Why This Increase?

Why this sharp increase in hurricane activity? What is going on? What is wrong with our weather?

This increased hurricane activity has been linked to El Niño and La Niña. El Niño causes hurricanes in the Atlantic to decrease, but increase in other parts of the world. On the other hand, La Niña intensifies Atlantic hurricanes. Beginning in 1995, all but two Atlantic hurricane seasons (1997 and 2002, both El Niño years) have been above normal. In the 25-year period prior to this (1970-1994), the activity was below normal.

Global warming and other climate changes are major contributors to the increased effects of El Niño and La Niña. In turn, these effects are creating the conditions that can trigger what some scientists call “monster” storms.

Massachusetts Institute of Technology professor Kerry Emanuel estimated that oceans will become three degrees warmer due to global warming. This would increase hurricane winds and rains by 10%! The damage this would cause, on top of the already devastating effects of hurricanes, would be astronomical!

Violent Weather Prophesied

Christ warned that just before His Return, there would be an increase in violent weather. Storms such as hurricanes and other “natural” disasters would increase. Mount St. Helens in the state of Washington is ready to erupt for the second time in twenty-five years. The nations of China, India and Pakistan are losing hundreds of lives in unprecedented storms.

As the end of this age and the Return of Christ move closer, natural disasters are going to increase. God is going to “step up” disasters in order to get this world’s attention as it pursues its own course, ignoring the consequences. Not only are hurricanes increasing, but so are other disasters-earthquakes, tornadoes, floods, famines, wars and diseases.

In addition, man is continuing to deplete the earth’s natural resources. He is continuing to pollute the land, sea and air. And by doing so, he is upsetting the balance of nature and bringing about the disasters foretold in the Bible.

Mankind has entered the final countdown of social collapse, upset weather patterns and escalating fallout from ignoring cause and effect.

Blessings for Obedience

The modern descendants of ancient Israel-primarily the United States, Britain, Canada, New Zealand and Australia-have been greatly blessed by God. It is not the subject of this article to prove that the U.S. and Britain-and the other nations descended from Abraham, Isaac and Jacob (Israel)-are the recipients of those blessings. (You may learn more about this subject in our book America and Britain in Prophecy.) These blessings were a direct result of our forefather Abraham’s obedience to God almost 4,000 years ago. God gave His Word to Abraham, Isaac and Jacob-and then fulfilled that promise.

But those blessings are now being removed! The sun is setting on the greatness that God gave to modern Israel.

Punishment for Disobedience

God warned Israel centuries ago of what would happen if they disobeyed His Law. The nation would receive severe punishment unless it repented. Notice Leviticus 26:14-35:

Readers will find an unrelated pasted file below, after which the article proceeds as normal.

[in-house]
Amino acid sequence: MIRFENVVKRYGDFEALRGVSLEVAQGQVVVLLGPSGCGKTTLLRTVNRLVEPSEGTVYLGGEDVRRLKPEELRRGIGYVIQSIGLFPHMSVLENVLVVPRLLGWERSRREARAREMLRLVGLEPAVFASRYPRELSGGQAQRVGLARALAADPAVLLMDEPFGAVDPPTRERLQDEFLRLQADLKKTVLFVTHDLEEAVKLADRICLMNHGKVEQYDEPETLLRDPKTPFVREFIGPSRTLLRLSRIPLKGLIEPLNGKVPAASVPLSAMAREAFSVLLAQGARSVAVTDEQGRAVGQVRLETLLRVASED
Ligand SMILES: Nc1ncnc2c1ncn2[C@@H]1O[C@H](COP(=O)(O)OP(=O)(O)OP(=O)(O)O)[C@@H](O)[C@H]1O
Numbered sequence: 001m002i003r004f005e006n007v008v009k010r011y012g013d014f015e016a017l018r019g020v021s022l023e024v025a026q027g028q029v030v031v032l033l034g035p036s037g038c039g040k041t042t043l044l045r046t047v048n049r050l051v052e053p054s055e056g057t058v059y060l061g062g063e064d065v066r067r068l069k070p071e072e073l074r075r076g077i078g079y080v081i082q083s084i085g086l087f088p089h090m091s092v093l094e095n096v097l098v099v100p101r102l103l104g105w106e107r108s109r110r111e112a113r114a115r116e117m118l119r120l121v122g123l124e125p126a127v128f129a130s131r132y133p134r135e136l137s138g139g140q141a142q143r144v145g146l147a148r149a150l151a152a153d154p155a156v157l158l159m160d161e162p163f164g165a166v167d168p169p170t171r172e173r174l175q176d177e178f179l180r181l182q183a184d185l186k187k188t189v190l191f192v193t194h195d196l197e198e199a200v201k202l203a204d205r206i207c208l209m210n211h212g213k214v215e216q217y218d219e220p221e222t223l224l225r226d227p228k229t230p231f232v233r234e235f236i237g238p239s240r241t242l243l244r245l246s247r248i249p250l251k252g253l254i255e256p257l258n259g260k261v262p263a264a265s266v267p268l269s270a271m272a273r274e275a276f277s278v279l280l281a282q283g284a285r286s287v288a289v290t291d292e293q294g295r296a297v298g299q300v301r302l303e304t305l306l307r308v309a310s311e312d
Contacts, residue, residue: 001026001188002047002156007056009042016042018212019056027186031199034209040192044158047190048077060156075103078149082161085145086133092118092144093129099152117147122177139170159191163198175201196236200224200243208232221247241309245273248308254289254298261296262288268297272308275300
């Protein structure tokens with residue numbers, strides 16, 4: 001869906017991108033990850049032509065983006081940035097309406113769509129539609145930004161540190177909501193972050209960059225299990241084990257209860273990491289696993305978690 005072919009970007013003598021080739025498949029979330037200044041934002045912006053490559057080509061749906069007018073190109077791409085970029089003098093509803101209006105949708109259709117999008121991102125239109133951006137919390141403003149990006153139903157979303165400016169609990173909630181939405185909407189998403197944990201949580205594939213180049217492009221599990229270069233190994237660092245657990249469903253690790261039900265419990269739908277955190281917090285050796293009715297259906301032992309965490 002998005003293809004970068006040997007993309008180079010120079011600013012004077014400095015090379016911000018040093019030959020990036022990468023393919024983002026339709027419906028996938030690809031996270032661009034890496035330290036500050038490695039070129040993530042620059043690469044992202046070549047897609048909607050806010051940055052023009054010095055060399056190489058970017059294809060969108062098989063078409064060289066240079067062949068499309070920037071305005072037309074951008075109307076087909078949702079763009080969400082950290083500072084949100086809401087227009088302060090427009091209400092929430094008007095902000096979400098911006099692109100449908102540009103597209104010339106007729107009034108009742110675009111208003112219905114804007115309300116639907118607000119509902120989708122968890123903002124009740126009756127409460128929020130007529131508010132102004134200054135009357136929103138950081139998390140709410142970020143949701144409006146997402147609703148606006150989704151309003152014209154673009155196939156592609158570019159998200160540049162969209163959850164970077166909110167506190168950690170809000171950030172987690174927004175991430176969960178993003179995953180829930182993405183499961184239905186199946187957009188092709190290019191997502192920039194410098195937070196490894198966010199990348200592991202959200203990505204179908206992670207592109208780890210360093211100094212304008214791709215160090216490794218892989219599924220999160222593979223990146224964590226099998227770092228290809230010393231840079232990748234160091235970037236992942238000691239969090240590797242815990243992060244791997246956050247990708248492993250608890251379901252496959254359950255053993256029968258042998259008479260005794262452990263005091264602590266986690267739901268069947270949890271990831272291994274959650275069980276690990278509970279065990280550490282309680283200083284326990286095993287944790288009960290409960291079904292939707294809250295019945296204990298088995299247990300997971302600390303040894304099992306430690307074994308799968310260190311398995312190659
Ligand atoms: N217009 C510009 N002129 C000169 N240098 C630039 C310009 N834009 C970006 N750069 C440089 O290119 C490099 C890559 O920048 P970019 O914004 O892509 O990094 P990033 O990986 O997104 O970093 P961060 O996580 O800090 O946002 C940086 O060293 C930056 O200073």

“But if you will not hearken unto Me, and will not do all these commandments; and if you shall despise My statutes, or if your soul abhor My judgments, so that you will not do all My commandments, but that you break My covenant: I also will do this unto you...Then will I also walk contrary unto you, and will punish you yet seven times for your sins...Then I will walk contrary unto you also in fury; and I, even I, will chastise you seven times for your sins...And I will make your cities waste, and bring your sanctuaries unto desolation, and I will not smell the savor of your sweet odors. And I will bring the land into desolation: and your enemies which dwell therein shall be astonished at it...and your land shall be desolate, and your cities waste. Then shall the land enjoy her Sabbaths, as long as it lies desolate, and you be in your enemies’ land; even then shall the land rest, and enjoy her Sabbaths. As long as it lies desolate it shall rest; because it did not rest in your Sabbaths, when you dwelt upon it.”

These are strong words from God. But God does not say this in vain. The nations that have descended from ancient Israel have forgotten God and have sinned against Him. God will do what He says He will do-and this will happen very soon. Just as God fulfilled His promise to bless Israel, He will also fulfill His promise to punish Israel-unless these nations repent!

There Is Hope For Mankind!

Just as meteorologists are able to locate and track storms that form over the sea and predict when and where they will hit land, the signs of Christ’s Return are also here. Speaking of the time shortly before His Return, Christ said, “But of that day and hour knows no man, no, not the angels of heaven, but My Father only” (Matt. 24:36). Although we cannot know exactly when Christ will return, notice what He said just four verses earlier: “Now learn a parable of the fig tree; when his branch is yet tender, and puts forth leaves, you know that summer is near: so likewise you, when you shall see all these things, know that it is near, even at the doors. Verily I say unto you, this generation shall not pass, till all these things be fulfilled” (Matt. 24:32-34).

These signs show that Christ will return soon and establish His Government on this earth. Only then will this world be healed. People will learn how to live in peace, harmony and prosperity-with perfect weather.